I am religious about washing my hands. I don’t do it just after a trip to the restroom, but if I touch anything that might be dirty, being aware of the work I do, I have developed the habit of regular hand hygiene.
I guess I thought this would be true of all plastic surgeons, but apparently not. I just read a survey on the Reuters website that said that, even though plastic surgeons earn their living with their hands, they don’t always keep their hands clean.
This was admittedly a small sample (only 122 plastic surgeons working out of the United States), but still, the results are interesting. Only about half of these surgeons, 53%, said they knew that the best bacteria killing agent is an alcohol-based rub.
They did a bit better when questioned about the best way to manage visibly dirty hands (Soap and water are still the best option there, and something that 75% of the responding plastic surgeons knew).
Surprisingly though, only 42 percent of the plastic surgeons were able to correctly name all situations where they should wash / clean their hands. The same 42 percent said they should do it before and after all contact with patients (Correct) and before and after they use examination gloves (also correct).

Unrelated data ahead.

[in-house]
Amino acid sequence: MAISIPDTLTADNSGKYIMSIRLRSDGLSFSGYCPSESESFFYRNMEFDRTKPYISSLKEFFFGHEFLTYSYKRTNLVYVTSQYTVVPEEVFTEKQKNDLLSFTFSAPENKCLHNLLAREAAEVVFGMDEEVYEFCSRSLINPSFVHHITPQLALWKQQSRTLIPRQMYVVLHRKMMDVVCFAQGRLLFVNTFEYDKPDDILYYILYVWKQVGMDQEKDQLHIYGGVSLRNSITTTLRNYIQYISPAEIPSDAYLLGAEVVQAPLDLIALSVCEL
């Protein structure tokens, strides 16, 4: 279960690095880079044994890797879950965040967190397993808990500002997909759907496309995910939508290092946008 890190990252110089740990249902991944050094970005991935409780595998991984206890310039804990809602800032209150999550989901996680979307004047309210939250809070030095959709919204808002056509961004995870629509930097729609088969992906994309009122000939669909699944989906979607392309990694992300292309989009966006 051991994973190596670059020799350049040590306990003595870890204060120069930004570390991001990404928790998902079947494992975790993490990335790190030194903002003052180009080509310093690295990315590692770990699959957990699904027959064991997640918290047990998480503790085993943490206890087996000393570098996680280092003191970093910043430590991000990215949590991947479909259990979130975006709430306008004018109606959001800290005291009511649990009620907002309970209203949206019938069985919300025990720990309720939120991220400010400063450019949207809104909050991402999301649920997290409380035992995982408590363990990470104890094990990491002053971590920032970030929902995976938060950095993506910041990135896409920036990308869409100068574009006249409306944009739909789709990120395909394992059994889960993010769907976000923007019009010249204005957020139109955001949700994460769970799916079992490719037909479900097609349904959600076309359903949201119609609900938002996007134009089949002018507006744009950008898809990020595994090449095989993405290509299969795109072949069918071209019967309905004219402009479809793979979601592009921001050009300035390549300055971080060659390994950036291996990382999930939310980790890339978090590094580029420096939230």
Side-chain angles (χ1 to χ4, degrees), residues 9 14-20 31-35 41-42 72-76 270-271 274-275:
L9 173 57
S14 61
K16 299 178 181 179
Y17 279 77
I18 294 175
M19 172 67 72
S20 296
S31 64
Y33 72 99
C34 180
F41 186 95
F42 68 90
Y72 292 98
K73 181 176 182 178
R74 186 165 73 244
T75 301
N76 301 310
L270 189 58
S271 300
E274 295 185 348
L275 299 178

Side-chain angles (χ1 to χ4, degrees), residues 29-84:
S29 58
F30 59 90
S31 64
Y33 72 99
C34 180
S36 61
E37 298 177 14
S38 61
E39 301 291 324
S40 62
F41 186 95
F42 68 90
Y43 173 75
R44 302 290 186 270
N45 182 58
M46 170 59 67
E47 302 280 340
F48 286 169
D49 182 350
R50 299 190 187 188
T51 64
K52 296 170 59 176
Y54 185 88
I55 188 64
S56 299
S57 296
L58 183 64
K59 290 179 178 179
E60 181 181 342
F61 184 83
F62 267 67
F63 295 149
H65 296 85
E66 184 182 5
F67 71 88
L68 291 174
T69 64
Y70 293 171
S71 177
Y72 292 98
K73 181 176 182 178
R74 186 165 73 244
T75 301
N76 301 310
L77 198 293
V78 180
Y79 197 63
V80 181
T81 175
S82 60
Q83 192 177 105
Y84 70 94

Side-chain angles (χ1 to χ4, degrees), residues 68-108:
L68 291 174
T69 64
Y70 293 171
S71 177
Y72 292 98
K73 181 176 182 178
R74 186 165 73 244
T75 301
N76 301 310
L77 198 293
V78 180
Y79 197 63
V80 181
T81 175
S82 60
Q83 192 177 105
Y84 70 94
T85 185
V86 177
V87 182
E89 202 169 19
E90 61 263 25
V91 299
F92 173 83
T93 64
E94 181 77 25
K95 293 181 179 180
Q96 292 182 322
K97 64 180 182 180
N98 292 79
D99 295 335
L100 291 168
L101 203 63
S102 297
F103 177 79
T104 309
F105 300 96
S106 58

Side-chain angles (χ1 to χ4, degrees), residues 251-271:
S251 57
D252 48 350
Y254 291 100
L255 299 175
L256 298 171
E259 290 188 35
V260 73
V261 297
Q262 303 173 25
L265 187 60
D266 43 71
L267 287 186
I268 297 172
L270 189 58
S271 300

If you’re not in a medical field, you might not be aware of just how much hand-washing has come under scrutiny in recent years, with the spreading of dangerous infections in hospitals (Perhaps you remember the MRSA scare of a couple years back). They are by far the most effective way of containing the spread of these kinds of infection.
The Centers for Disease Control has made hand-washing a priority in its guidelines for health professionals, as has the Joint Commission which sponsored this survey.
And it’s not just plastic surgeons who lack hand-washing know-how. Similar studies show that health-care workers’ hand hygiene knowledge in general is poor.
Furthermore, lack of knowledge is only one contributing factor to poor hand hygiene in medical settings. Other problems include a shortage of sinks, heavy workloads, and cleansing products which cause skin irritation.
What all of this means is that education is the first, most basic step in improving the hygiene practices of healthcare workers. However, other steps also need to be taken. Healthcare professionals should be given written guidelines. and should be given both the products and equipment necessary to keep their hands healthy and clean.